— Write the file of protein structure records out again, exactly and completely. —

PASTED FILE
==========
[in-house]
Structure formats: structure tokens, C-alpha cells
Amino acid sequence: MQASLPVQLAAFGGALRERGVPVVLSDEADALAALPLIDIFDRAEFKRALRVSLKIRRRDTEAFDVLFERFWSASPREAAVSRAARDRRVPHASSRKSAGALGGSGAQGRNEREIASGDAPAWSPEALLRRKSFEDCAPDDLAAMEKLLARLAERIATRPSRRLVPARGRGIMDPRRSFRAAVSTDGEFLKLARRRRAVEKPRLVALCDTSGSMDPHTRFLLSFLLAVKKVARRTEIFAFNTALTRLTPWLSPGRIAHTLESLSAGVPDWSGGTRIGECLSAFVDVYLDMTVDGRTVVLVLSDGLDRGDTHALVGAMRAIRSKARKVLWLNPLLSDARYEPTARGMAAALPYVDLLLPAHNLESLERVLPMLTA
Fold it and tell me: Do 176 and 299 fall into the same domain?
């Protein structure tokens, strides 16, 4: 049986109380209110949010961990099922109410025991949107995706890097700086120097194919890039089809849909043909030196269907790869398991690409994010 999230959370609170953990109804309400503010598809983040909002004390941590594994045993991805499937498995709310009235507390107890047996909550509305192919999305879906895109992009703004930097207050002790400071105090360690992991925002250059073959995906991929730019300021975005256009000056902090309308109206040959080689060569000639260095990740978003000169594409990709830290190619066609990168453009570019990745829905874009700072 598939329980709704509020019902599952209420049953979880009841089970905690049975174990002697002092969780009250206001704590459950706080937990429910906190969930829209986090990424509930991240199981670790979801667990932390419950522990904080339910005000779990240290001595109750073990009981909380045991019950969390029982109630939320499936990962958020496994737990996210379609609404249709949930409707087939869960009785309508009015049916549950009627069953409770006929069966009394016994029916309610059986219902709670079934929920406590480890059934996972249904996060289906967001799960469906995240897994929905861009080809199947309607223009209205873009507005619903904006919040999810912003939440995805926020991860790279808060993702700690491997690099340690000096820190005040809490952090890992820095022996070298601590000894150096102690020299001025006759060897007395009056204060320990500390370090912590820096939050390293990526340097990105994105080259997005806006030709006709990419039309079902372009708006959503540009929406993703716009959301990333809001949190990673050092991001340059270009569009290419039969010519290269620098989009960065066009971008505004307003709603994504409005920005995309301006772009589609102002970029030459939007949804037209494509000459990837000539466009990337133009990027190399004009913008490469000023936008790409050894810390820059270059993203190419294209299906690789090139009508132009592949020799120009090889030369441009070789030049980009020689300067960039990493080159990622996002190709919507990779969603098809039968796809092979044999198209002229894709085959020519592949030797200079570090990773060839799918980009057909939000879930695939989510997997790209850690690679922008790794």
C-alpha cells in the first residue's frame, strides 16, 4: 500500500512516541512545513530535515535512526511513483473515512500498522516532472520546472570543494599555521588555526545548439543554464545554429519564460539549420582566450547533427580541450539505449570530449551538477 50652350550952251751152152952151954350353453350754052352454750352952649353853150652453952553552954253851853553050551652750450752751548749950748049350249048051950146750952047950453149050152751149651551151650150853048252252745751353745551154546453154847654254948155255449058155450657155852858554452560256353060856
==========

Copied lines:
[in-house]
Structure formats: structure tokens, C-alpha cells
Amino acid sequence: MQASLPVQLAAFGGALRERGVPVVLSDEADALAALPLIDIFDRAEFKRALRVSLKIRRRDTEAFDVLFERFWSASPREAAVSRAARDRRVPHASSRKSAGALGGSGAQGRNEREIASGDAPAWSPEALLRRKSFEDCAPDDLAAMEKLLARLAERIATRPSRRLVPARGRGIMDPRRSFRAAVSTDGEFLKLARRRRAVEKPRLVALCDTSGSMDPHTRFLLSFLLAVKKVARRTEIFAFNTALTRLTPWLSPGRIAHTLESLSAGVPDWSGGTRIGECLSAFVDVYLDMTVDGRTVVLVLSDGLDRGDTHALVGAMRAIRSKARKVLWLNPLLSDARYEPTARGMAAALPYVDLLLPAHNLESLERVLPMLTA
Fold it and tell me: Do 176 and 299 fall into the same domain?
């Protein structure tokens, strides 16, 4: 049986109380209110949010961990099922109410025991949107995706890097700086120097194919890039089809849909043909030196269907790869398991690409994010 999230959370609170953990109804309400503010598809983040909002004390941590594994045993991805499937498995709310009235507390107890047996909550509305192919999305879906895109992009703004930097207050002790400071105090360690992991925002250059073959995906991929730019300021975005256009000056902090309308109206040959080689060569000639260095990740978003000169594409990709830290190619066609990168453009570019990745829905874009700072 598939329980709704509020019902599952209420049953979880009841089970905690049975174990002697002092969780009250206001704590459950706080937990429910906190969930829209986090990424509930991240199981670790979801667990932390419950522990904080339910005000779990240290001595109750073990009981909380045991019950969390029982109630939320499936990962958020496994737990996210379609609404249709949930409707087939869960009785309508009015049916549950009627069953409770006929069966009394016994029916309610059986219902709670079934929920406590480890059934996972249904996060289906967001799960469906995240897994929905861009080809199947309607223009209205873009507005619903904006919040999810912003939440995805926020991860790279808060993702700690491997690099340690000096820190005040809490952090890992820095022996070298601590000894150096102690020299001025006759060897007395009056204060320990500390370090912590820096939050390293990526340097990105994105080259997005806006030709006709990419039309079902372009708006959503540009929406993703716009959301990333809001949190990673050092991001340059270009569009290419039969010519290269620098989009960065066009971008505004307003709603994504409005920005995309301006772009589609102002970029030459939007949804037209494509000459990837000539466009990337133009990027190399004009913008490469000023936008790409050894810390820059270059993203190419294209299906690789090139009508132009592949020799120009090889030369441009070789030049980009020689300067960039990493080159990622996002190709919507990779969603098809039968796809092979044999198209002229894709085959020519592949030797200079570090990773060839799918980009057909939000879930695939989510997997790209850690690679922008790794």
C-alpha cells in the first residue's frame, strides 16, 4: 500500500512516541512545513530535515535512526511513483473515512500498522516532472520546472570543494599555521588555526545548439543554464545554429519564460539549420582566450547533427580541450539505449570530449551538477 50652350550952251751152152952151954350353453350754052352454750352952649353853150652453952553552954253851853553050551652750450752751548749950748049350249048051950146750952047950453149050152751149651551151650150853048252252745751353745551154546453154847654254948155255449058155450657155852858554452560256353060856